Afghanistan Battles Continue
The battles between the Taliban and Afghan Army and police units, backed by U.S. forces, enters the third day in the troubled southeastern provinces of Helmand and Kandahar. Six Afghan policemen are killed in a roadside bombing near Kandahar as U.S. air forces conduct strikes in the Ghoraz region, where “close-air support was called to the scene of the attack. British Harriers, Air Force A-10 Thunderbolt II and B-52 Stratofortress aircraft responded to the scene, attacking enemy positions and forcing them to flee into a nearby town.”
The New York Times provides a summarized description of the battles, which began Thursday night, and resulted in chasing Taliban forces from Helmand into Kandahar. Three Taliban commanders and over thirty two Taliban are known to have been killed.
The battle — the largest in Afghanistan in months — erupted Thursday night when about 200 Taliban fighters ambushed a police patrol near the town of Sangin, then attacked reinforcements as they arrived. Coalition planes, including British Harriers and American A10 attack jets and B-52 bombers, joined the battle. In one attack on Friday night, a district administrator, Hajji Abdul Qudous, was killed and a policeman injured when militants fired a rocket into his offices in the district of Musa Qala, the deputy governor of Helmand Province, Mullah Amir Akhundzada, said. Hours later, in another attack on government office, this time in the Nauzad district, a government soldier and five militants were killed, he said.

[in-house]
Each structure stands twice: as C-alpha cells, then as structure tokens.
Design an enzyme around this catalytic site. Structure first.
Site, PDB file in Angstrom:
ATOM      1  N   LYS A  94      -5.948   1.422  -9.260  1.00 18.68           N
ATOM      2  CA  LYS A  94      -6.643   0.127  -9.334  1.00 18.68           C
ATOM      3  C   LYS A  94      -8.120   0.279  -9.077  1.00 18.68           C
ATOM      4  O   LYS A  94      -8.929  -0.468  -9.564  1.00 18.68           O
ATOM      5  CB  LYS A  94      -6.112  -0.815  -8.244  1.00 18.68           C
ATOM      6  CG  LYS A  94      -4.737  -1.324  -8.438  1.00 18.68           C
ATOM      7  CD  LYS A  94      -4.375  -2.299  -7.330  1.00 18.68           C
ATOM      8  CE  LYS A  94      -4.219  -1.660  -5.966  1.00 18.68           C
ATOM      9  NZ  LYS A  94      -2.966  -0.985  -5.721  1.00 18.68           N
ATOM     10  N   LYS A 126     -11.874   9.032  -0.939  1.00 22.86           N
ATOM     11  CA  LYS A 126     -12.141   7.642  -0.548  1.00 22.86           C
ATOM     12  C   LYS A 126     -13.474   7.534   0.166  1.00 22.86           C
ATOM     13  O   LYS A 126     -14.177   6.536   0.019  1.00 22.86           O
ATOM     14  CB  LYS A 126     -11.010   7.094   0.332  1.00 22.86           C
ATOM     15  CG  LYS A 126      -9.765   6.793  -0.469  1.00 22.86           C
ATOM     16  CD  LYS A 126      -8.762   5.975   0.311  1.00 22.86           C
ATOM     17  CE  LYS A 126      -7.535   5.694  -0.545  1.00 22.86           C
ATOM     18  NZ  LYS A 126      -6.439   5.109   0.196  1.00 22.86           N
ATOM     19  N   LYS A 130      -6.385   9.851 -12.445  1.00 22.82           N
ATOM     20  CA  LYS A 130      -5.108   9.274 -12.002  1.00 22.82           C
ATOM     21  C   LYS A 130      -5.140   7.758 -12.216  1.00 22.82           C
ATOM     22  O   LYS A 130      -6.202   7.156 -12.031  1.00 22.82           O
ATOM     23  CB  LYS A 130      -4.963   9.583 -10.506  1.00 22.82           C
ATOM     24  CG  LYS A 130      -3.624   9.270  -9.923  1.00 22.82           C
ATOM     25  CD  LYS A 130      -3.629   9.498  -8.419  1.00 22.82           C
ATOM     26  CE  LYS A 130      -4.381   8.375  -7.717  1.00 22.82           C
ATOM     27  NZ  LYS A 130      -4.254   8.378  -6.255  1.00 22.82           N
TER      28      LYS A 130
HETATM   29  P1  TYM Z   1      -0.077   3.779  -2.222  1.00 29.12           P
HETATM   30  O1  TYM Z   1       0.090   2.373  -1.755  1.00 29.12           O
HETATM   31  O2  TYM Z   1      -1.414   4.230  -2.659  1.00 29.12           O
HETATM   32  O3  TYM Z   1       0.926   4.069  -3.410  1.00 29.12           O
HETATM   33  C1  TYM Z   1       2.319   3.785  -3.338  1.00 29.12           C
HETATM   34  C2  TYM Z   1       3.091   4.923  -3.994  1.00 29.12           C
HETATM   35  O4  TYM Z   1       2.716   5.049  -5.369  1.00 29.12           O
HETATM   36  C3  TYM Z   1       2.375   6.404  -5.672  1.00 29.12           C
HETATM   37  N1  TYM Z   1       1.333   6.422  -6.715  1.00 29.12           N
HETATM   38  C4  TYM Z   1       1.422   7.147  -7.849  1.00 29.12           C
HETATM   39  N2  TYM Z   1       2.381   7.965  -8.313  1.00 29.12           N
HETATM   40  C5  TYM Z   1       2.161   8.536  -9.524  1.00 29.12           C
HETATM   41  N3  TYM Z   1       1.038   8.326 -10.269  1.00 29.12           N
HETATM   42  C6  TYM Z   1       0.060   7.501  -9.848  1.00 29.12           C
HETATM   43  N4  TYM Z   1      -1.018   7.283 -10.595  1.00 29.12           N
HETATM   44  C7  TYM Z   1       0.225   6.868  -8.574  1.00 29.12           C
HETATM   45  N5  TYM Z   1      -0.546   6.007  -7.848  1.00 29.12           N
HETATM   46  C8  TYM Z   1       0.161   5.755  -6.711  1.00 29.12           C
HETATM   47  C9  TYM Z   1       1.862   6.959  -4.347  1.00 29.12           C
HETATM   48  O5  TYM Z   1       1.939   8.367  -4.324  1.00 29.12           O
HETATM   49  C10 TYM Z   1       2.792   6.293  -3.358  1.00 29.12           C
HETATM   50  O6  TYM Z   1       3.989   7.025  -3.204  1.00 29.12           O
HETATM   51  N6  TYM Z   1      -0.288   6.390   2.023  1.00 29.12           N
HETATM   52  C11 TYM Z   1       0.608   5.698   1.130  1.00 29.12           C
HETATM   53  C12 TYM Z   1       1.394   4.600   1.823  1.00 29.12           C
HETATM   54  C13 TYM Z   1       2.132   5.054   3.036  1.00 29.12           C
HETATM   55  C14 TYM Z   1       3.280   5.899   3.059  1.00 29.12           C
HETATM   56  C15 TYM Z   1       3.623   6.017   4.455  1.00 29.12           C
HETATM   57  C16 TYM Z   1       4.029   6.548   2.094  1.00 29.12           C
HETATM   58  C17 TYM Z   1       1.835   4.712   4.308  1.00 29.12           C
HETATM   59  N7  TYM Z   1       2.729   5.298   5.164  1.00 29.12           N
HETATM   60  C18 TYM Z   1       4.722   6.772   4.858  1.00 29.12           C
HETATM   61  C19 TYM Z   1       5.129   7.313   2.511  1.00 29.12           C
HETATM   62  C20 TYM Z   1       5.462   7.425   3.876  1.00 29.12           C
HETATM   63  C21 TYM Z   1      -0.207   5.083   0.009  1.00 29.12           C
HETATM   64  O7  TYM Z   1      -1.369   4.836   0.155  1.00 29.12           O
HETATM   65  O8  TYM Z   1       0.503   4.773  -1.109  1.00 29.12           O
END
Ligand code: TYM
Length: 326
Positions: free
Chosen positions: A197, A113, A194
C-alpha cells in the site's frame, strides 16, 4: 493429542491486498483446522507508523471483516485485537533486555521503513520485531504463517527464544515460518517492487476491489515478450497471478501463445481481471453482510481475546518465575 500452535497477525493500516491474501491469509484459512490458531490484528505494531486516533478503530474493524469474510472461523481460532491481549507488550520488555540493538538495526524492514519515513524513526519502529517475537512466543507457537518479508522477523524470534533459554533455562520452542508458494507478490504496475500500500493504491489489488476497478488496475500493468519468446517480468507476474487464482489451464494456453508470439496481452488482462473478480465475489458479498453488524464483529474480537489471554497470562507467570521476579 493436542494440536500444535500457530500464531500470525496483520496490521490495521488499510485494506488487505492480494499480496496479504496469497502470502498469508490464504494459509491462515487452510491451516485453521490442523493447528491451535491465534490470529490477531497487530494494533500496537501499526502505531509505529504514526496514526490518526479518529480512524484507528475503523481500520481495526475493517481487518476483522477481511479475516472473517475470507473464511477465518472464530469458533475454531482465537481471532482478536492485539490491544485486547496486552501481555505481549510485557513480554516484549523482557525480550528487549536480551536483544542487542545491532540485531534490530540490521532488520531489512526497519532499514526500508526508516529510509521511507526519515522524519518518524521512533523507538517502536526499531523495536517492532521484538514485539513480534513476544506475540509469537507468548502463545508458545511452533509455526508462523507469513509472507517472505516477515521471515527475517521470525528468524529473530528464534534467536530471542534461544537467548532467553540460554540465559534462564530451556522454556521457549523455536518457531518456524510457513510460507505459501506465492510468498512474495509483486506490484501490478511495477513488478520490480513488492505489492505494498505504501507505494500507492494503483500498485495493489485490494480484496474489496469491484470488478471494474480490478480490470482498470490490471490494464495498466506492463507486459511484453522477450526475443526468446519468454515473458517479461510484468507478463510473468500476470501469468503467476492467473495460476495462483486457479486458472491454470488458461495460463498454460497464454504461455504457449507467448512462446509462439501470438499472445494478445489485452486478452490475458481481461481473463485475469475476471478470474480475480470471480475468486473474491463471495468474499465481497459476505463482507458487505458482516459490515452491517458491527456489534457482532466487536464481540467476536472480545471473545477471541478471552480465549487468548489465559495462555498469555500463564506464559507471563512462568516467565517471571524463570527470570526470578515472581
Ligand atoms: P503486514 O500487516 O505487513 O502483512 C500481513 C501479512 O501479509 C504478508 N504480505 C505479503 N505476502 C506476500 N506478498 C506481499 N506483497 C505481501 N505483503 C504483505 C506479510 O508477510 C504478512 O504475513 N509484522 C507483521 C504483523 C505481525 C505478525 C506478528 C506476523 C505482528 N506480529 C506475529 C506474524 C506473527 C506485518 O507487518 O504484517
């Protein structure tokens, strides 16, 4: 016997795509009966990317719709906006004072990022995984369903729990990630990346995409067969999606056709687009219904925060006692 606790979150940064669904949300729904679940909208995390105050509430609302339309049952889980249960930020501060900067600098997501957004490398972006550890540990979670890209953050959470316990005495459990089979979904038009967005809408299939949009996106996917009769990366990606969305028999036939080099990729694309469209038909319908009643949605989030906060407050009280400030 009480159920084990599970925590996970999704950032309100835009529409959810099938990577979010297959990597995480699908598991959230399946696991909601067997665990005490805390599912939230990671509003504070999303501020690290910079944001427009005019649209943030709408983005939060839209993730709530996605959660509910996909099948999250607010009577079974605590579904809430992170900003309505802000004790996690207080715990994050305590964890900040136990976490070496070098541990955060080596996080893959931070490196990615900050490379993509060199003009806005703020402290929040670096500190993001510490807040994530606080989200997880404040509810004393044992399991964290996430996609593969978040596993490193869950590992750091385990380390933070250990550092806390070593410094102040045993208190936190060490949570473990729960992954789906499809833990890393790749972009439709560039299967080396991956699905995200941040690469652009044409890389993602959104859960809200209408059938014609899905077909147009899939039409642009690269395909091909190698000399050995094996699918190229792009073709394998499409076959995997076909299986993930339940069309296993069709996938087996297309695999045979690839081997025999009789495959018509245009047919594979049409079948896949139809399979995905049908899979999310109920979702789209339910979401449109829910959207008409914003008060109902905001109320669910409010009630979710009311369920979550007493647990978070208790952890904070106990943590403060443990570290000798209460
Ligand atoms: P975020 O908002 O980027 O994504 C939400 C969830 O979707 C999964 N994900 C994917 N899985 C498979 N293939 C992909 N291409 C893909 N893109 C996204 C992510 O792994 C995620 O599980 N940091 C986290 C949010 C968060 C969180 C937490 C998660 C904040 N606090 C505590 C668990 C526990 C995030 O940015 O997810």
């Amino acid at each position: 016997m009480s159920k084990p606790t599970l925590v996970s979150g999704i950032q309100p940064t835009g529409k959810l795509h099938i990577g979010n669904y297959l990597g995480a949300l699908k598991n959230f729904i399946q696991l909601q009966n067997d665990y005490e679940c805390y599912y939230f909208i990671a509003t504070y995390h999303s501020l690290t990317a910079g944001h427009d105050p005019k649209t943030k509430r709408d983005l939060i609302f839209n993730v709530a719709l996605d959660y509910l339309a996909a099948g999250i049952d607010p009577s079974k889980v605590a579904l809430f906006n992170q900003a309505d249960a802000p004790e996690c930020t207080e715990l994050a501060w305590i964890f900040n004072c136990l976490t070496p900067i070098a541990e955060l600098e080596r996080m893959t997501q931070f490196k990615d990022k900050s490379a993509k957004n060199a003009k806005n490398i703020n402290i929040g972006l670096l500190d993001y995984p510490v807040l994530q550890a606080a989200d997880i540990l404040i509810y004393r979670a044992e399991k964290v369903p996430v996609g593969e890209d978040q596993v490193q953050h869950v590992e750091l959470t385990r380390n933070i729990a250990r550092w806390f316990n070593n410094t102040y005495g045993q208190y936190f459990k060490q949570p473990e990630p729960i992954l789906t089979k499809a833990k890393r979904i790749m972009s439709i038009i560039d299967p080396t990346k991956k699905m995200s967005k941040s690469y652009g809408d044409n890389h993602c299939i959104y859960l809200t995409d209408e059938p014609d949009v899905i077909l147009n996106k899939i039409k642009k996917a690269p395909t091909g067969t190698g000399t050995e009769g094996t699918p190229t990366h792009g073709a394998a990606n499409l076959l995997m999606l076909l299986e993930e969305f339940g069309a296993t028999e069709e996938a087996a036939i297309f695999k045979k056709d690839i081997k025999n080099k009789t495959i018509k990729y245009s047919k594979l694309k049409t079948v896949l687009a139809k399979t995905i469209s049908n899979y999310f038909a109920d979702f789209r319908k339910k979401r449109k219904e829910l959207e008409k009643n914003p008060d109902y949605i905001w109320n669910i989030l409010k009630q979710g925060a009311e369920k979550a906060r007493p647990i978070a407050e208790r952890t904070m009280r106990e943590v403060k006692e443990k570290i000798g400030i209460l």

The rebels had escaped into the mountainous area of Ghorak in the neighboring province of Kandahar, he said. He said 18 Taliban fighters had been killed, including 2 commanders, Tor Akhtar and Haji Nasro. “The Taliban were served a heavy blow,” he said.
In Kandahar, another Taliban commander, Abdul Samad, was killed by border forces as he tried to enter illegally from neighboring Pakistan with about 10 other militants, Kandahar’s governor, Asadullah Khalid, said, according to The Associated Press. The other insurgents fled back across the frontier.On Saturday afternoon, coalition troops were continuing to search for fleeing Taliban fighters on the ground. The bombing forced some of them to flee to a nearby town, the United States military said in a statement.
It appears one of the Taliban commanders was arrested in September 2002; “Haji Nasro, a militia commander well-known throughout the region whose reputation was built resisting the Soviet occupation in the 1980s, was arrested Tuesday night at his home about 50 miles southwest of Kandahar.” It is not clear if he was released in an amnesty program or for other reasons. A recent amnesty program has lead to the surrender of over 1,000 Taliban and “included members of the extremist Hezb-e-Islami faction of wanted warlord Gulbuddin Hekmatyar, an anti-Soviet resistance commander who is part of a bloody anti-government insurgency.”
Engineer Mohammed Daud, the governor of Helmand recognizes the interrelationship between terrorism and criminal enterprise, “You cannot separate instability and drugs in this province. The smugglers and drug dealers have very close connections with the Taliban and both are supporting each other.” Daud is pushing for the eradication of the drug syndicates and implores the British force arriving in Helmand to work to this end. The Brits seem poised to help. The task is difficult as Helmand has little resources to fight on its own and the taint of drugs extends all the way to the Afghan Cabinet, according to various sources.